Theresa W. Fossum, DVM, PhD, Diplomate ACVS
Pneumothorax is an accumulation of air or gas within the pleural space. Traumatic pneumothorax is the most frequent type of pneumothorax in dogs. It most often occurs due to blunt trauma (i.e., vehicular accidents, being kicked by a horse), which causes parenchymal pulmonary damage to the lung and a closed pneumothorax. When the thorax is forcefully compressed against a closed glottis, rupture of the lung or bronchial tree may occur. Alternately, pulmonary parenchyma may be torn due to shearing forces on the lung. Pulmonary trauma occasionally results in subpleural bleb formation, similar to those seen with spontaneous pneumothorax. Open pneumothorax occurs less commonly, but is also frequently due to trauma (i.e., gun shot, bite or stab wounds, lacerations secondary to rib fractures). Some penetrating injuries are called "sucking chest wounds" because large defects in the chest wall allow an influx of air into the pleural space when the animal inspires. These large, open chest wounds may allow enough air to enter the pleural space that lung collapse and marked reduction in ventilation occur. There is a rapid equilibration of atmospheric and intrapleural pressure through the defect, interfering with normal mechanical function of the thoracic bellows which normally provides the necessary pressure gradient for air exchange. Pneumomediastinum may be associated with pneumothorax, tracheal, bronchial, or esophageal defects, or may be due to subcutaneous air migration along fascial planes at the thoracic inlet.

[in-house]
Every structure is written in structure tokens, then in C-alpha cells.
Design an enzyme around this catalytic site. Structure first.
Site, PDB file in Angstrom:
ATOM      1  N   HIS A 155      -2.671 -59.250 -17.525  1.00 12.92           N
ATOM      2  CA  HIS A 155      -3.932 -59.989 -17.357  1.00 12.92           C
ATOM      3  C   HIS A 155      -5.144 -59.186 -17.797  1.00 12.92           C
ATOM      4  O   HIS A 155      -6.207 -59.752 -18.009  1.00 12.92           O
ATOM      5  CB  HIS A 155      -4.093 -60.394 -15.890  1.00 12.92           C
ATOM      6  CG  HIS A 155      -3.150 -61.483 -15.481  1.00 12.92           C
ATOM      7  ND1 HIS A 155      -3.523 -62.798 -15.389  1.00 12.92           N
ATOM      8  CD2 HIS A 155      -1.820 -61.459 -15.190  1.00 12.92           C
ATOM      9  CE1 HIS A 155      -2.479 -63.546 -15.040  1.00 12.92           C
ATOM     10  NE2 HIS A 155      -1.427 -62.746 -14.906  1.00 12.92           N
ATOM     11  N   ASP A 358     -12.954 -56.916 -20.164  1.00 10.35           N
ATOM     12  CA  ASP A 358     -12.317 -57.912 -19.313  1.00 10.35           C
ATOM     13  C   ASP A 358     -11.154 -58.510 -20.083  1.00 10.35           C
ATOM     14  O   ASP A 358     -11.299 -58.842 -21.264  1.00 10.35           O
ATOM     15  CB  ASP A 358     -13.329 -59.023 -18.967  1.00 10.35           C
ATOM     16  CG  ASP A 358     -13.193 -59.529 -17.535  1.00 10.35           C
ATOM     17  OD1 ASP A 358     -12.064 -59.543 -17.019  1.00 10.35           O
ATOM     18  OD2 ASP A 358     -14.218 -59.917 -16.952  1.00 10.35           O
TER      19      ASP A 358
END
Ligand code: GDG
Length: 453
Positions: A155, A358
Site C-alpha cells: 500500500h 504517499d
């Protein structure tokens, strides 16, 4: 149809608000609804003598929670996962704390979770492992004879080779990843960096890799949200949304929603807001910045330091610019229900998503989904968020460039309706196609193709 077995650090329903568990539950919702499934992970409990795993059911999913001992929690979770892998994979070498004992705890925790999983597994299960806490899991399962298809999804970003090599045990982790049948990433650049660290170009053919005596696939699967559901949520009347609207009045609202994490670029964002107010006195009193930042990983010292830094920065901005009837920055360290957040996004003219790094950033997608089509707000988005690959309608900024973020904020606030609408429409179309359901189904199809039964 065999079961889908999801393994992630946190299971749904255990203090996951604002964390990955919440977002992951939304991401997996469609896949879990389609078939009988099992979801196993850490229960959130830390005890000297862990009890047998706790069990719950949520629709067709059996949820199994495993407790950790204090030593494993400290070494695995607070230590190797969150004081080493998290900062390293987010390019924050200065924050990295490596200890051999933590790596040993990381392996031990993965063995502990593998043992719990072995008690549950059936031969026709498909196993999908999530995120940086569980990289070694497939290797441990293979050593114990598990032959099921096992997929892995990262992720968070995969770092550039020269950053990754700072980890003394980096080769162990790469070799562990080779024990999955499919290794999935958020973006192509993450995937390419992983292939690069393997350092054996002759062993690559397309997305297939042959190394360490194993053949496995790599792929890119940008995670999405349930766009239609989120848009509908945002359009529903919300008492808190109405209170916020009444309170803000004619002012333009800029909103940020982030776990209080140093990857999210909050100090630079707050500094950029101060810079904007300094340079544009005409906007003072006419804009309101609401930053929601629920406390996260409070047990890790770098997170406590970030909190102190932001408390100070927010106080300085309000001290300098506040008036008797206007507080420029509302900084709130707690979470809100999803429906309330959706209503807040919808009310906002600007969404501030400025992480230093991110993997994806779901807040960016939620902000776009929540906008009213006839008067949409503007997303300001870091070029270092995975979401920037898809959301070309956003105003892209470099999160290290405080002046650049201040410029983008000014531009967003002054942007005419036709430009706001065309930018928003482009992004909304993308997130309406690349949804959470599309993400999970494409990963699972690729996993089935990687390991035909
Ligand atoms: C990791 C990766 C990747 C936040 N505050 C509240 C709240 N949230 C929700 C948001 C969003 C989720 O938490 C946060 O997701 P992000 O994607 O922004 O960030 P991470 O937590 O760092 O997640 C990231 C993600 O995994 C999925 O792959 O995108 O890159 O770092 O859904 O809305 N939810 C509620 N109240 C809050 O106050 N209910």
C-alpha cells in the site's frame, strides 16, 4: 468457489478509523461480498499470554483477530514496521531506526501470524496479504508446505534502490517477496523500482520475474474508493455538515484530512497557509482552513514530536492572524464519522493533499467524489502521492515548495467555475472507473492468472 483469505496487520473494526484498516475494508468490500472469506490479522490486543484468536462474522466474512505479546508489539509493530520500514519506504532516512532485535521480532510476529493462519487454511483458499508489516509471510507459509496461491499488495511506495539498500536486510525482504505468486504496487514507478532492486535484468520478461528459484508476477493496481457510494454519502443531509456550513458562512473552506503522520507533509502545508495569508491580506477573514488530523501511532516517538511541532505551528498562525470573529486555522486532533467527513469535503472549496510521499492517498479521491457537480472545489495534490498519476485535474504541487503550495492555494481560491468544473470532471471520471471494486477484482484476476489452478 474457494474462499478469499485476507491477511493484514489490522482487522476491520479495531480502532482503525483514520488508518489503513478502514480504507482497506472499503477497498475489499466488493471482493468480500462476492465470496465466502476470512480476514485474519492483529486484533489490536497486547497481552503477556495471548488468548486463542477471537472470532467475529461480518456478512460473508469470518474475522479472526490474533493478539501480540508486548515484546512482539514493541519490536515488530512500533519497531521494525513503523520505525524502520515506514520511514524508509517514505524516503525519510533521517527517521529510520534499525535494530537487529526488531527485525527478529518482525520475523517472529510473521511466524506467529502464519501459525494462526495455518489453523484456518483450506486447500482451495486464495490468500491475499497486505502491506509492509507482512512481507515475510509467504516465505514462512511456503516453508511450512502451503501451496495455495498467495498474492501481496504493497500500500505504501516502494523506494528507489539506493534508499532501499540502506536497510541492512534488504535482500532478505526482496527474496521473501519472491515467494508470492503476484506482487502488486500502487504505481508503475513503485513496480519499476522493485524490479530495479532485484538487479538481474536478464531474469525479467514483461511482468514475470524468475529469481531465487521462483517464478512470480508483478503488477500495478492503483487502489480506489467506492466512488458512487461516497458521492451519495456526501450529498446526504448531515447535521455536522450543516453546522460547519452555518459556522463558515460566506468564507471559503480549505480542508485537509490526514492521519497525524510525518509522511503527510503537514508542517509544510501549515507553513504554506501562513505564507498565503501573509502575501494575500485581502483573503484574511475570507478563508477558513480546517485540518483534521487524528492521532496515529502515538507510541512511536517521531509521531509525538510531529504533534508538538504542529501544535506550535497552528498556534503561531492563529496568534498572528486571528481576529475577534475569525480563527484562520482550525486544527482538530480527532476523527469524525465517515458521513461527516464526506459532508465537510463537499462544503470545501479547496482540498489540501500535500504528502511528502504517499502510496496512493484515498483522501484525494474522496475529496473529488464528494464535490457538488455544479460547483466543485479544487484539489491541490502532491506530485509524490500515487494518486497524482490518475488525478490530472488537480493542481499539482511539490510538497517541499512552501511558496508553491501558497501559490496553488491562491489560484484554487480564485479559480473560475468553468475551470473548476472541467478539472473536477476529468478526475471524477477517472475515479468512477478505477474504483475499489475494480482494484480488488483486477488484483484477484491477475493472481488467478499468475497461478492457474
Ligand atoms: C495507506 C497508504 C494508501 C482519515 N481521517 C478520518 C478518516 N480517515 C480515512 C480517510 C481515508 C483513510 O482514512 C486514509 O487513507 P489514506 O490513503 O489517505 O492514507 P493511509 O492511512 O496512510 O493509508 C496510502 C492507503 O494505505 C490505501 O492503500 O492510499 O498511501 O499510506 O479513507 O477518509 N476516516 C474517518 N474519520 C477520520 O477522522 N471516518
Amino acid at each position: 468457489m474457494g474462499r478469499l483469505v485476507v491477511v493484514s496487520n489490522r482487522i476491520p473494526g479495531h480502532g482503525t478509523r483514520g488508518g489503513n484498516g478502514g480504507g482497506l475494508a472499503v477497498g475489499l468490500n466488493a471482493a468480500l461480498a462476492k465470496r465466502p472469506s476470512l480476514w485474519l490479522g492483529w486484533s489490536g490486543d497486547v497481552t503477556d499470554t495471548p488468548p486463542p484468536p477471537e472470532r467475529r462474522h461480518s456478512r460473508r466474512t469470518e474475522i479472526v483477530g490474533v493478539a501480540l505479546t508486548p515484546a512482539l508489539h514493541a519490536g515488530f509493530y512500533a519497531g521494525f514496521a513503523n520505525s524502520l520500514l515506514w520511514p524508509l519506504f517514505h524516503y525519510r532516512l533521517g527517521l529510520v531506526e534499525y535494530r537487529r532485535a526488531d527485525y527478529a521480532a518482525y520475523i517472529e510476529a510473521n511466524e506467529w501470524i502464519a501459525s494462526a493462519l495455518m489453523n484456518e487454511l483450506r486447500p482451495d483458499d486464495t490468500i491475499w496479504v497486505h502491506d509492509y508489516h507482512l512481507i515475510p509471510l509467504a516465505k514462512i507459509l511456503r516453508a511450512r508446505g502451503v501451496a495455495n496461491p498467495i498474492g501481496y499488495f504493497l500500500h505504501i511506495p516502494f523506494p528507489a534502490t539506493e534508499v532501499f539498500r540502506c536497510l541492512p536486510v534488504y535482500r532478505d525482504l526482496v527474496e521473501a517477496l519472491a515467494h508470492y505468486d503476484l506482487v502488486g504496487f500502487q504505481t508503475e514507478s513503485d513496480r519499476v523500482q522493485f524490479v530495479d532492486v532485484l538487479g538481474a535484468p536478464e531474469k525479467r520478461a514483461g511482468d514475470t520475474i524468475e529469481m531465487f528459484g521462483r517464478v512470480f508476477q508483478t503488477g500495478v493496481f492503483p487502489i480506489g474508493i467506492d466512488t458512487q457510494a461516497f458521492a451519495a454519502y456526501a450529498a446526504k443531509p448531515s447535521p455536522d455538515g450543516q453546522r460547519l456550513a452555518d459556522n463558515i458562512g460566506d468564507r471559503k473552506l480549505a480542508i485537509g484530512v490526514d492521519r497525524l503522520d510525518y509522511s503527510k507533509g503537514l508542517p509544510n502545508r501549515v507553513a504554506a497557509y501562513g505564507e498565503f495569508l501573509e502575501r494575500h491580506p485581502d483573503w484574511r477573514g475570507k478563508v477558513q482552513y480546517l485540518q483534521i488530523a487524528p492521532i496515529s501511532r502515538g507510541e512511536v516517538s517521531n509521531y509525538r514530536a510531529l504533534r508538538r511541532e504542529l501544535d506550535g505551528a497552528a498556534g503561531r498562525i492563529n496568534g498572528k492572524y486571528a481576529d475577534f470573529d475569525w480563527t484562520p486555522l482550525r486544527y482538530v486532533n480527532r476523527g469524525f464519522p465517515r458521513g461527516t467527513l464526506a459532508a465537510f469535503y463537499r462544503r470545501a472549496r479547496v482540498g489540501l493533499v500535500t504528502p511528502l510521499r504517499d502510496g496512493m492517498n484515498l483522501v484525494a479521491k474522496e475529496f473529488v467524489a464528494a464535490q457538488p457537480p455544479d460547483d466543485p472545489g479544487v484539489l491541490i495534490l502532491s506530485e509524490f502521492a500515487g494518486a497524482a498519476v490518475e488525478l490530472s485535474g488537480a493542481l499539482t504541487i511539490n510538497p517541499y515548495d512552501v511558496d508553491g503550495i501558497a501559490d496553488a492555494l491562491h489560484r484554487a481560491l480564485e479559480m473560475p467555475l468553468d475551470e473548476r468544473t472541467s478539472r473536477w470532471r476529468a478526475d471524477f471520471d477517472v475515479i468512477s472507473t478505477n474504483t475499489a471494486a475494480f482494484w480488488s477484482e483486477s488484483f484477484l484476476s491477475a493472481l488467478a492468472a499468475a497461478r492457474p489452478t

Spontaneous pneumothorax occurs in previously healthy animals without antecedent trauma and may be primary (i.e., an absence of underlying pulmonary disease) or secondary (underlying disease such as pulmonary abscesses, neoplasia, chronic granulomatous infections, pulmonary parasites such as Paragonimus, or pneumonia are present). Based on the histologic appearance of the pulmonary lesion, both cysts and bullae have been reported in dogs. Primary spontaneous pneumothorax in dogs may be due to rupture of subpleural blebs; the remaining lung tissue may appear normal. These blebs are most commonly located in the apices of the lungs. Secondary spontaneous pneumothorax is more common in dogs than the primary form. In these animals, the subpleural blebs are associated with diffuse emphysema or other pulmonary lesions. It has been shown that volume strain from expansive pressure within the lung increases disproportionately at the apex as height increases. A majority of affected people are cigarette smokers, suggesting that the underlying pulmonary disease could be a result of interference of the normal function of alpha-1-antitrypsin in inhibiting elastase. It is believed that alpha-1-antitrypsin is inactivated in people who smoke, allowing increased elastase-induced destruction of pulmonary parenchyma.